Marcello—Famous for fresh pasta dishes. Try the fusilli alle melanzane (corkscrew pasta with eggplant and basil), a Sicilian specialty. Marcello also offers an inviting appetizer tray loaded with vegetables. Monday-Saturday 1-3 pm and 7:30-11 pm. Reservations not needed. $$. Most major credit cards. Via Aurora 37 (a street parallel to Via Veneto), Rome. Phone 06-481-9467.

    Masolino—Small but gracious favorite of the showbiz crowd. Specialties include homemade pasta, salmon in orange sauce, shrimp with cognac and a variety of mushroom and truffle delicacies. Emanuale invents new dishes every day to satisfy a craving for out-of-the-ordinary Italian cuisine. Monday-Saturday 1-3 pm and 7:30-11 pm. Reservations a must for dinner. $$. Most major credit cards. Via Masolino da Panicale 2, Rome. Phone 06-320-8366.

    Papa Re—The Trastavere crowd likes this comfortable, family-owned eatery, and you will, too, if you feel like a late-night snack after strolling through this neighborhood. Delicacies include bombolotti alla carbonara (short pasta with bacon-and-egg sauce) and trote alle mandorle (baked trout in almond sauce). Sidewalk dining or inside in the air-conditioning. Lunch 1-3 pm, except Saturday, and dinner nightly 8 pm-2 am. Closed Wednesday. Reservations strongly suggested. $. Most major credit cards. Via della Lungaretta 149, Rome. Phone 06-581-2069.

    Santopadre—The after-theater crowd gathers in this restaurant that's both rustic and elegant. Traditional Roman specialties include il cartoccio vegetale (vegetables of the season baked in a bag) and tagliata di manzo (aged beef sliced and served on a bed of arugula and tomato wedges). Every Tuesday and Friday, fish dishes augment the menu. Monday-Saturday evenings only, 8 pm-midnight. Reservations suggested. $$. Most major credit cards. Via Collina 18, Rome. Phone 06-474-5405.

    Settimio al Pellegrino—This intimate, family-run restaurant is a favorite among Italian government officials (the Senate Building is just down the street). The atmosphere is so casual that patrons frequently help themselves to wine or check out what's on the stove. Mama and Papa prepare different Roman specialties every day for lunch and dinner. Ingredients are always fresh, and the resulting meal is more than memorable, especially if it's rigatoni al sugo (short pasta with a thick ground meat and tomato sauce). Thursday-Tuesday 1-3 pm and 7:30-11 pm. Reservations strongly recommended. $$. No credit cards. Via del Pellegrino 117, Rome. Phone 06-6880-1978.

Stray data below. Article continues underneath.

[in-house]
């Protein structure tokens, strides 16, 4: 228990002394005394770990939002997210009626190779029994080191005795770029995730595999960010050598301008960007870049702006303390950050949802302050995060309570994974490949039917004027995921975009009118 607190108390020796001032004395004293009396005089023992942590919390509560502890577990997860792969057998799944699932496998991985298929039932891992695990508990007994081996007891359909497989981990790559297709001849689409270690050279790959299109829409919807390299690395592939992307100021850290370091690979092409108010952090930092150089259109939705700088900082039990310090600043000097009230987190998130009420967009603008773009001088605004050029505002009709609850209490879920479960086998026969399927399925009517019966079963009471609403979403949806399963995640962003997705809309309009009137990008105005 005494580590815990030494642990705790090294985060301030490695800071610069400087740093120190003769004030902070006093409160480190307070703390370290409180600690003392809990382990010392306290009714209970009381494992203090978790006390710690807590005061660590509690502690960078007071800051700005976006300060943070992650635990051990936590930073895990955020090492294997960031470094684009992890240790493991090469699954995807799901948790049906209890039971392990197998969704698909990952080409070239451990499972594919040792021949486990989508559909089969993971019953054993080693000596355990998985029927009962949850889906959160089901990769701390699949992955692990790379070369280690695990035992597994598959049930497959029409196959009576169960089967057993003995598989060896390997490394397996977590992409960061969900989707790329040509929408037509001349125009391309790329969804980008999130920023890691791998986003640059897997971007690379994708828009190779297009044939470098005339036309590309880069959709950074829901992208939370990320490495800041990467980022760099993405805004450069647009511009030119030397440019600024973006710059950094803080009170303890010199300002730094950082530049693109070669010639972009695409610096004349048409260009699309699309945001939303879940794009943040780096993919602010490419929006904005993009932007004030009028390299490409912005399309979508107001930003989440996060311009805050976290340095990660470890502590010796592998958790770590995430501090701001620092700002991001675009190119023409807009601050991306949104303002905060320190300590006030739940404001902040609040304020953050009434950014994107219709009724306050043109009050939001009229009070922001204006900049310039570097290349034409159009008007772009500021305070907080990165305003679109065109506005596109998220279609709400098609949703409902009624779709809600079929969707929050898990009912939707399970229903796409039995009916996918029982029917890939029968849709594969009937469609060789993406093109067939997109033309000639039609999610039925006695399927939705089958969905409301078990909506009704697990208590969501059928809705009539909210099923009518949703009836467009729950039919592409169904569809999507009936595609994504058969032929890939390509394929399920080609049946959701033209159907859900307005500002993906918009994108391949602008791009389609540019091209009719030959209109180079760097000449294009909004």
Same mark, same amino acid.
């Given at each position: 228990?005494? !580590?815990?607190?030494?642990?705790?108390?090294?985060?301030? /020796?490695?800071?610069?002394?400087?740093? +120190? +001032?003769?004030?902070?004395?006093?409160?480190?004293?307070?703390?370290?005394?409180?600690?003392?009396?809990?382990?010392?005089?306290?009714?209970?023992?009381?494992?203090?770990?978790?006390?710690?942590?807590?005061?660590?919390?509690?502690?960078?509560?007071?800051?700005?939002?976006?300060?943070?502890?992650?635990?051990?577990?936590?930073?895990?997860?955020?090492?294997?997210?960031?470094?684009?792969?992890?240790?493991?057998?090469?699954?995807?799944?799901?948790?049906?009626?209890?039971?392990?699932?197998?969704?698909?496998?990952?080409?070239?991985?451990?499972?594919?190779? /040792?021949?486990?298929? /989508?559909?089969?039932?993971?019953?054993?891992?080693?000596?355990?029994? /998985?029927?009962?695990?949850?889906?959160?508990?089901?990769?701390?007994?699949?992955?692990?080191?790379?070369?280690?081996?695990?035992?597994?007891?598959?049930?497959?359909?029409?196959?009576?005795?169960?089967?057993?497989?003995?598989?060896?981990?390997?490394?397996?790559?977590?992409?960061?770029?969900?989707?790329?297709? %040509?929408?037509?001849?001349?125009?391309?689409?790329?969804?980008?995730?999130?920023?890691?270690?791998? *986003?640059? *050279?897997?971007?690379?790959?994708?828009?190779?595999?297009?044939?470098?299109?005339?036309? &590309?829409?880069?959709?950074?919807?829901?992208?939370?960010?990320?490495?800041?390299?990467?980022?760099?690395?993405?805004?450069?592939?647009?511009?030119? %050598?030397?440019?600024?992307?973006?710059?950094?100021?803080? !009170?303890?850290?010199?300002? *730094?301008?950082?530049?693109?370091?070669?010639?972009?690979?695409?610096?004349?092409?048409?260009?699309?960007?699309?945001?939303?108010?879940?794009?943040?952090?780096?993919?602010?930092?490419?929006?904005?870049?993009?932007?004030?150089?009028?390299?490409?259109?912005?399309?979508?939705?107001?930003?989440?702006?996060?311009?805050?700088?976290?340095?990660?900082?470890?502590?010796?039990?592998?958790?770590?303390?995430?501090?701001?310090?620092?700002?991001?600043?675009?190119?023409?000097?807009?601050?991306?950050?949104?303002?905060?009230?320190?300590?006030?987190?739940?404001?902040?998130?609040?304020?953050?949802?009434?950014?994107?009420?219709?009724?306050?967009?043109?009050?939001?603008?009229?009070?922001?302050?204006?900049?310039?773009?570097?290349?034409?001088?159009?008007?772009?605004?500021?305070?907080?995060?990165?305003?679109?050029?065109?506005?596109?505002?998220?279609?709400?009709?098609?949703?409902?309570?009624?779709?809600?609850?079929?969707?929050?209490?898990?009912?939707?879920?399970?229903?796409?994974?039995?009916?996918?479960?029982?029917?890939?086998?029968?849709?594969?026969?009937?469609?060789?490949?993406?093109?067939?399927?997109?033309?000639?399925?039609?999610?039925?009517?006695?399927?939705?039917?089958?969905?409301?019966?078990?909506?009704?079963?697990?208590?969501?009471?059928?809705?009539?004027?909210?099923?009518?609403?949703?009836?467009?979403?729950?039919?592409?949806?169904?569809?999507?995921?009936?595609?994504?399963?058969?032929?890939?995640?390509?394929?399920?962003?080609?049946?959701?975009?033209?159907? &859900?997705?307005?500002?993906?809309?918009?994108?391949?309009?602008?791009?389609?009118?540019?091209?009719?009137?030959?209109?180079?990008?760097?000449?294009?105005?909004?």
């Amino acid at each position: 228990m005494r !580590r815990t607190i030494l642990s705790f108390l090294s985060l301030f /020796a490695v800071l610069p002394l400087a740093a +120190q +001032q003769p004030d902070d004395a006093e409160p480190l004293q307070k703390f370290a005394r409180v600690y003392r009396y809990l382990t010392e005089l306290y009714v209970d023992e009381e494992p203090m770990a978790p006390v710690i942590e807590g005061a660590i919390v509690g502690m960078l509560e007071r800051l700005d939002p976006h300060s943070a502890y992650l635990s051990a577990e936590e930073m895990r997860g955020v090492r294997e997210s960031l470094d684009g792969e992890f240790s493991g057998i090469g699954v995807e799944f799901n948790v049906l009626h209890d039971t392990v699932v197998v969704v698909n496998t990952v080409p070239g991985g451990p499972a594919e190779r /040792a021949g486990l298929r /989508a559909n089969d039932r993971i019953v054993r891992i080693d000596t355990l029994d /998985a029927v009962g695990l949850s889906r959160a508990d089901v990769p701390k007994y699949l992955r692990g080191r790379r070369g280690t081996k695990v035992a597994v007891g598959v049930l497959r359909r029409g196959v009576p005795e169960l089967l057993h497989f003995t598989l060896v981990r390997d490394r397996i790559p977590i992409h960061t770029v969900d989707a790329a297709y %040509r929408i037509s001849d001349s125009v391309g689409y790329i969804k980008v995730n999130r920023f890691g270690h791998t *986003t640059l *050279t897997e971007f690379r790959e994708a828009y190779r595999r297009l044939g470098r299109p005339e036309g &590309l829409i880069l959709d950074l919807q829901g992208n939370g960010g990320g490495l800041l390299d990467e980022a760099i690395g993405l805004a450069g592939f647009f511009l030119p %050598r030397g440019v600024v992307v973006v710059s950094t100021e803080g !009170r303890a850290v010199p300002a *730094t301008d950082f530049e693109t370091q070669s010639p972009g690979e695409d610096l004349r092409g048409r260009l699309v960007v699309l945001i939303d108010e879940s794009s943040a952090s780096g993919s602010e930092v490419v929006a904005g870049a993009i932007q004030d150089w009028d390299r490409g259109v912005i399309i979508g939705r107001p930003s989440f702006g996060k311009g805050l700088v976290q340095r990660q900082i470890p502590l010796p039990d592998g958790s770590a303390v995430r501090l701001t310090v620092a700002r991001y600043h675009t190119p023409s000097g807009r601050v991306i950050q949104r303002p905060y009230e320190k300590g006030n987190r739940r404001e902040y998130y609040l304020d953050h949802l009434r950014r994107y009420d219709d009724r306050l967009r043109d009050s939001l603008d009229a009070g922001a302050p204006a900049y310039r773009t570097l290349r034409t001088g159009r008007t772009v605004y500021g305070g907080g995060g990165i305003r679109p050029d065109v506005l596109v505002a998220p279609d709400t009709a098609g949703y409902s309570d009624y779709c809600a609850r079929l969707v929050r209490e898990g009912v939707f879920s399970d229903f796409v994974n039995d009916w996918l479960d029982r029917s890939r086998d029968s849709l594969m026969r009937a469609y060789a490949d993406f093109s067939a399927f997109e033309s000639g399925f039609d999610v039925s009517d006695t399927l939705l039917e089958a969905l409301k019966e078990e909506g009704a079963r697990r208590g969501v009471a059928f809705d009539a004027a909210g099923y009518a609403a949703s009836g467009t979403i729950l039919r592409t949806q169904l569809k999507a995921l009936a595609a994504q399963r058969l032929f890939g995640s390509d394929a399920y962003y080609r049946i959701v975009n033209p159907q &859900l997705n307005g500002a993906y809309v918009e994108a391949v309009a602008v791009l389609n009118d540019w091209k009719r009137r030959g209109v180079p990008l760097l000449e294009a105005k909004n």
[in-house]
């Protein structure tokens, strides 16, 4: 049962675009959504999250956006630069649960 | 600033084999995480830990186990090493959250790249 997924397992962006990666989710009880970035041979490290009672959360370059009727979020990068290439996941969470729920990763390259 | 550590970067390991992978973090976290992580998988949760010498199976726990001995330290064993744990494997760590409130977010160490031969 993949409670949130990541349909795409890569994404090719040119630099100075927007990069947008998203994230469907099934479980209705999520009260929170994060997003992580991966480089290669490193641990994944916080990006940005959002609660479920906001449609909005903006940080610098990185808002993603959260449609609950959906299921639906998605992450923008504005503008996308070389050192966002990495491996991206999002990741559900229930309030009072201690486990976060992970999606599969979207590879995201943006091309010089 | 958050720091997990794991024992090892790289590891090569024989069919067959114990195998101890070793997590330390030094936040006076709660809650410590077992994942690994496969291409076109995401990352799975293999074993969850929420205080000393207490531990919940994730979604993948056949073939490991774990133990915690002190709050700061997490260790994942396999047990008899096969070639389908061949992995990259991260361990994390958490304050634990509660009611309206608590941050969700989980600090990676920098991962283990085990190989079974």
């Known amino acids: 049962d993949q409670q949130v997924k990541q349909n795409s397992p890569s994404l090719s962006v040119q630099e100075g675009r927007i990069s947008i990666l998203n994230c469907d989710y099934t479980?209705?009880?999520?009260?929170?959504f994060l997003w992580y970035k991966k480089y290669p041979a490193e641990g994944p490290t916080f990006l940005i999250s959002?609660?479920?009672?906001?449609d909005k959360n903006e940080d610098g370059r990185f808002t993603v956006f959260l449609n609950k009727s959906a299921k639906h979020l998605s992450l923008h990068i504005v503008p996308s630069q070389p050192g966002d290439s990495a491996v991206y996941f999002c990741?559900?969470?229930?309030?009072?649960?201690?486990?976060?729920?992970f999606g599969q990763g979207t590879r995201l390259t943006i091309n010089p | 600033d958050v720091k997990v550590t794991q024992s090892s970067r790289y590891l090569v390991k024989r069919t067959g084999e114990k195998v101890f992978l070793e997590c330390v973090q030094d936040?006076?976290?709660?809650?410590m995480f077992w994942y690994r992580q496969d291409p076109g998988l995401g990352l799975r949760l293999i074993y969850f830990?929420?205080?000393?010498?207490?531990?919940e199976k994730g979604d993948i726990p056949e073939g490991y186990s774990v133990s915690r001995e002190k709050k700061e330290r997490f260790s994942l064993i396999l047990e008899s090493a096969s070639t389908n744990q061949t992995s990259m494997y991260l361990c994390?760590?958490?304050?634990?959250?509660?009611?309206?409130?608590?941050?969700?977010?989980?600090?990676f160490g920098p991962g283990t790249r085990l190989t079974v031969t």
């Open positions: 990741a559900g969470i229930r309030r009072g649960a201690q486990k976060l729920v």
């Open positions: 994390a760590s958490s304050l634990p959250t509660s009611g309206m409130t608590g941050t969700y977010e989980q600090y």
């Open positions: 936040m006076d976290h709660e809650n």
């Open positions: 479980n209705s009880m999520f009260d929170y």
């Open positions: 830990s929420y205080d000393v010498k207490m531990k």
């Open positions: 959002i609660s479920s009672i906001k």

Favorite restaurants  | Local and regional specialties  | Breakfast and brunch  | French  | Italian (including pizzerias)  | Seafood  | Steak houses  | Additional experiences

    BREAKFAST AND BRUNCH

    Italians aren't generally big on breakfast, but brunch is a new phenomenon on the Roman restaurant scene.

    Bibli—Books and brunch. Classic buffet costs 25,000 lire-28,000 lire. Most major credit cards. Tuesday-Sunday 11 am-midnight, Monday 5 pm-midnight. Via dei Fienaroli 28, in Trastevere. Phone 06-588-4097.

    Margutta Vegetariano—Daily brunch with veggie specials. 45,000 lire. Daily 12:30-3:30 pm. Via Margotta 118. Phone 06-3265-0577.

    Trinity College Pub—Three-course brunch with coffee and juice: 25,000 lire. Served Saturday 12:30-4 pm. Via del Collegio Romano 6. Phone 06-678-6472.


    Favorite restaurants  | Local and regional specialties  | Breakfast and brunch  | French  | Italian (including pizzerias)  | Seafood  | Steak houses  | Additional experiences

    FRENCH

    L'Eau Vive—French and international cuisine served in a 16th-century palazzo by religious sisters from different countries, who dress in their national costumes. A favorite restaurant among politicians. Daily 12:30-2:30 pm and 7:30-11:30 pm. $$$. Most major credit cards. Via Monterone 85a, near Piazza Navona. Phone 06-6880-1095.


    Favorite restaurants  | Local and regional specialties  | Breakfast and brunch  | French  | Italian (including pizzerias)  | Seafood  | Steak houses  | Additional experiences

    ITALIAN (INCLUDING PIZZERIAS)

    Da Lucia al Mattonato—This small trattoria, located on a charming back street in Trastevere, is one of Rome's best-kept secrets. The spaghetti alla Gricia with fresh pecorino cheese, pepper and pancetta is a must. Open Tuesday-Sunday 1:30-3 pm and 7:30-11 pm. Reservations advised. $$. No credit cards. Vicolo del Mattonato 2. Phone 06-580-3601.

    Green Pizz (Green Peace)—Choose from at least a hundred different kinds of pizza at this fine pizzeria located a few blocks from Rome's Termini Station and Via Veneto. Sit down in either the Roman countryside-style dining room upstairs or the medieval banquet room downstairs—or (in warm weather) their gazebo. Vast selection of salads and meat dishes as well as pizza. Evenings only, every evening 7:30 pm-1 am. Reservations suggested. $. Most major credit cards. Via Cernaia 16. Phone 06-474-1322.